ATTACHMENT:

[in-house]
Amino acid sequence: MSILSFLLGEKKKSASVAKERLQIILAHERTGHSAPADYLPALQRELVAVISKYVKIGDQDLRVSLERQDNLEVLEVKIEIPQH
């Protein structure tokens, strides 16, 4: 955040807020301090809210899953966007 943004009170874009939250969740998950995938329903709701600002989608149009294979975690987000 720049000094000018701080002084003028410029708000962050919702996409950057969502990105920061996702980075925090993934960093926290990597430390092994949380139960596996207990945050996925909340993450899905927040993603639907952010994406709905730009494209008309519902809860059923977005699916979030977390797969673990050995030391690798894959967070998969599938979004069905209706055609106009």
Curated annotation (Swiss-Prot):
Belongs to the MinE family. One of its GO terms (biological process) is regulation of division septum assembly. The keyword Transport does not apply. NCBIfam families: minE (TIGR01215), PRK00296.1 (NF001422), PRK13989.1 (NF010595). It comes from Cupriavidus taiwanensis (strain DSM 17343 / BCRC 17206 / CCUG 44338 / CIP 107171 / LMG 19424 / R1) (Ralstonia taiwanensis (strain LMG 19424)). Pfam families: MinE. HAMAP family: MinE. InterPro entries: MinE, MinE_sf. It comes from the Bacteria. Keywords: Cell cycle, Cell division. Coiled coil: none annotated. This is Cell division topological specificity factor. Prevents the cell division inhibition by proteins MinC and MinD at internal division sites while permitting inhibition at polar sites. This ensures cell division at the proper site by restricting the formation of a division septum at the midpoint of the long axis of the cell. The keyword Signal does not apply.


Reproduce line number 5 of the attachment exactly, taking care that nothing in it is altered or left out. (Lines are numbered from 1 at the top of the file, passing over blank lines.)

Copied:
Belongs to the MinE family. One of its GO terms (biological process) is regulation of division septum assembly. The keyword Transport does not apply. NCBIfam families: minE (TIGR01215), PRK00296.1 (NF001422), PRK13989.1 (NF010595). It comes from Cupriavidus taiwanensis (strain DSM 17343 / BCRC 17206 / CCUG 44338 / CIP 107171 / LMG 19424 / R1) (Ralstonia taiwanensis (strain LMG 19424)). Pfam families: MinE. HAMAP family: MinE. InterPro entries: MinE, MinE_sf. It comes from the Bacteria. Keywords: Cell cycle, Cell division. Coiled coil: none annotated. This is Cell division topological specificity factor. Prevents the cell division inhibition by proteins MinC and MinD at internal division sites while permitting inhibition at polar sites. This ensures cell division at the proper site by restricting the formation of a division septum at the midpoint of the long axis of the cell. The keyword Signal does not apply.